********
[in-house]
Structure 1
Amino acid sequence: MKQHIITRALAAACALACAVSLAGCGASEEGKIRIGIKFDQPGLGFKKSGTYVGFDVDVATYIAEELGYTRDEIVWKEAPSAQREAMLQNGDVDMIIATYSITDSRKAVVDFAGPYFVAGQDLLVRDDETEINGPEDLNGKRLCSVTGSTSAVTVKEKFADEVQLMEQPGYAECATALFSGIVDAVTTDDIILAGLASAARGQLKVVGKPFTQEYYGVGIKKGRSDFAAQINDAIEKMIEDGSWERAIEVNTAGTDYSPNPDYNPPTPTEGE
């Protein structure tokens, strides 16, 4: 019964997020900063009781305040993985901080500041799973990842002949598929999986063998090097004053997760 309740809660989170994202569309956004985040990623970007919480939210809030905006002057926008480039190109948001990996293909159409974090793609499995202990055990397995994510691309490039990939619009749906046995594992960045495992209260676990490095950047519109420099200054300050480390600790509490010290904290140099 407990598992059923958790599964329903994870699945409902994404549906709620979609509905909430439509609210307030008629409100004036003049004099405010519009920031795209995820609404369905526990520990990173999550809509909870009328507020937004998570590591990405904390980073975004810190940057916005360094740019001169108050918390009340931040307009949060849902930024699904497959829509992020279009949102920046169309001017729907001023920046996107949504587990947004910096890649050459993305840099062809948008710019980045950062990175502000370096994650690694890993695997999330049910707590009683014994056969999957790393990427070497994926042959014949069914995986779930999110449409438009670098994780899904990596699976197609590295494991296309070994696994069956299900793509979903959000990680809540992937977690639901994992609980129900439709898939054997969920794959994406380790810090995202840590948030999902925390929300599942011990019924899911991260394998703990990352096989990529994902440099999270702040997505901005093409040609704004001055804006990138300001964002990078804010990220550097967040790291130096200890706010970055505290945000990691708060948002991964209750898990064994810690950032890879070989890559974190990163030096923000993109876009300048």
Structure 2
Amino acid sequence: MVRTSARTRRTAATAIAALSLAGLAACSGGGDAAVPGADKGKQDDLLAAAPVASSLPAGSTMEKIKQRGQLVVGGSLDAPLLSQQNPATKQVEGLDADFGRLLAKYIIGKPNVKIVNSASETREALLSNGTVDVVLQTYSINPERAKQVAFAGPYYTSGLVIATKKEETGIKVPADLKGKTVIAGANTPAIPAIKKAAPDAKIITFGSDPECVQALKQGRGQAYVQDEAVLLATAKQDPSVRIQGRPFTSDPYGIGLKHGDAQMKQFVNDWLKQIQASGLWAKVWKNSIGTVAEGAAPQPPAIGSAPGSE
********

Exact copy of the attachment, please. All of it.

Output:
[in-house]
Structure 1
Amino acid sequence: MKQHIITRALAAACALACAVSLAGCGASEEGKIRIGIKFDQPGLGFKKSGTYVGFDVDVATYIAEELGYTRDEIVWKEAPSAQREAMLQNGDVDMIIATYSITDSRKAVVDFAGPYFVAGQDLLVRDDETEINGPEDLNGKRLCSVTGSTSAVTVKEKFADEVQLMEQPGYAECATALFSGIVDAVTTDDIILAGLASAARGQLKVVGKPFTQEYYGVGIKKGRSDFAAQINDAIEKMIEDGSWERAIEVNTAGTDYSPNPDYNPPTPTEGE
């Protein structure tokens, strides 16, 4: 019964997020900063009781305040993985901080500041799973990842002949598929999986063998090097004053997760 309740809660989170994202569309956004985040990623970007919480939210809030905006002057926008480039190109948001990996293909159409974090793609499995202990055990397995994510691309490039990939619009749906046995594992960045495992209260676990490095950047519109420099200054300050480390600790509490010290904290140099 407990598992059923958790599964329903994870699945409902994404549906709620979609509905909430439509609210307030008629409100004036003049004099405010519009920031795209995820609404369905526990520990990173999550809509909870009328507020937004998570590591990405904390980073975004810190940057916005360094740019001169108050918390009340931040307009949060849902930024699904497959829509992020279009949102920046169309001017729907001023920046996107949504587990947004910096890649050459993305840099062809948008710019980045950062990175502000370096994650690694890993695997999330049910707590009683014994056969999957790393990427070497994926042959014949069914995986779930999110449409438009670098994780899904990596699976197609590295494991296309070994696994069956299900793509979903959000990680809540992937977690639901994992609980129900439709898939054997969920794959994406380790810090995202840590948030999902925390929300599942011990019924899911991260394998703990990352096989990529994902440099999270702040997505901005093409040609704004001055804006990138300001964002990078804010990220550097967040790291130096200890706010970055505290945000990691708060948002991964209750898990064994810690950032890879070989890559974190990163030096923000993109876009300048």
Structure 2
Amino acid sequence: MVRTSARTRRTAATAIAALSLAGLAACSGGGDAAVPGADKGKQDDLLAAAPVASSLPAGSTMEKIKQRGQLVVGGSLDAPLLSQQNPATKQVEGLDADFGRLLAKYIIGKPNVKIVNSASETREALLSNGTVDVVLQTYSINPERAKQVAFAGPYYTSGLVIATKKEETGIKVPADLKGKTVIAGANTPAIPAIKKAAPDAKIITFGSDPECVQALKQGRGQAYVQDEAVLLATAKQDPSVRIQGRPFTSDPYGIGLKHGDAQMKQFVNDWLKQIQASGLWAKVWKNSIGTVAEGAAPQPPAIGSAPGSE